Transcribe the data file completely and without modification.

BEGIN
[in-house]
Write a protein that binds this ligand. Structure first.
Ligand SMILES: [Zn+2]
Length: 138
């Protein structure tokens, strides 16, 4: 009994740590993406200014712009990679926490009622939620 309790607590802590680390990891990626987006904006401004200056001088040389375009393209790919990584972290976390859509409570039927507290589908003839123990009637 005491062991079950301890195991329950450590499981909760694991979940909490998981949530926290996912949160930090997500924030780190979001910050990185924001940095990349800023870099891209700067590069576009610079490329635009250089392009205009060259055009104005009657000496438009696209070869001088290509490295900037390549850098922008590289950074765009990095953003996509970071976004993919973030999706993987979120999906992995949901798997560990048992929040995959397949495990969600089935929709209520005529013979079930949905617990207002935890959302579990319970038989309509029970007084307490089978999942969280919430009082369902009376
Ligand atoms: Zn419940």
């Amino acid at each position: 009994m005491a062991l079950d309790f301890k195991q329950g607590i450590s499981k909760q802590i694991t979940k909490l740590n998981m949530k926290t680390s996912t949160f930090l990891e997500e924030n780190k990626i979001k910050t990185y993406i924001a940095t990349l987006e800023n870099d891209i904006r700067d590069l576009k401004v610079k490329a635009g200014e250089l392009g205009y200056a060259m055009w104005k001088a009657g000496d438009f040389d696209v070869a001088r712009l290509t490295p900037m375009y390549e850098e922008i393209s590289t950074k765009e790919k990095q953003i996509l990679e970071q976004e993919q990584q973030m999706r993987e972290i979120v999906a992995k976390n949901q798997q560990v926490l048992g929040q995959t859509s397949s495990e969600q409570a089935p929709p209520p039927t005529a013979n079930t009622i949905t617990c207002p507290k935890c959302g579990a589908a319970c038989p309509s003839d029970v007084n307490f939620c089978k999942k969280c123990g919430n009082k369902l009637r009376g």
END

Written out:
[in-house]
Write a protein that binds this ligand. Structure first.
Ligand SMILES: [Zn+2]
Length: 138
């Protein structure tokens, strides 16, 4: 009994740590993406200014712009990679926490009622939620 309790607590802590680390990891990626987006904006401004200056001088040389375009393209790919990584972290976390859509409570039927507290589908003839123990009637 005491062991079950301890195991329950450590499981909760694991979940909490998981949530926290996912949160930090997500924030780190979001910050990185924001940095990349800023870099891209700067590069576009610079490329635009250089392009205009060259055009104005009657000496438009696209070869001088290509490295900037390549850098922008590289950074765009990095953003996509970071976004993919973030999706993987979120999906992995949901798997560990048992929040995959397949495990969600089935929709209520005529013979079930949905617990207002935890959302579990319970038989309509029970007084307490089978999942969280919430009082369902009376
Ligand atoms: Zn419940």
């Amino acid at each position: 009994m005491a062991l079950d309790f301890k195991q329950g607590i450590s499981k909760q802590i694991t979940k909490l740590n998981m949530k926290t680390s996912t949160f930090l990891e997500e924030n780190k990626i979001k910050t990185y993406i924001a940095t990349l987006e800023n870099d891209i904006r700067d590069l576009k401004v610079k490329a635009g200014e250089l392009g205009y200056a060259m055009w104005k001088a009657g000496d438009f040389d696209v070869a001088r712009l290509t490295p900037m375009y390549e850098e922008i393209s590289t950074k765009e790919k990095q953003i996509l990679e970071q976004e993919q990584q973030m999706r993987e972290i979120v999906a992995k976390n949901q798997q560990v926490l048992g929040q995959t859509s397949s495990e969600q409570a089935p929709p209520p039927t005529a013979n079930t009622i949905t617990c207002p507290k935890c959302g579990a589908a319970c038989p309509s003839d029970v007084n307490f939620c089978k999942k969280c123990g919430n009082k369902l009637r009376g």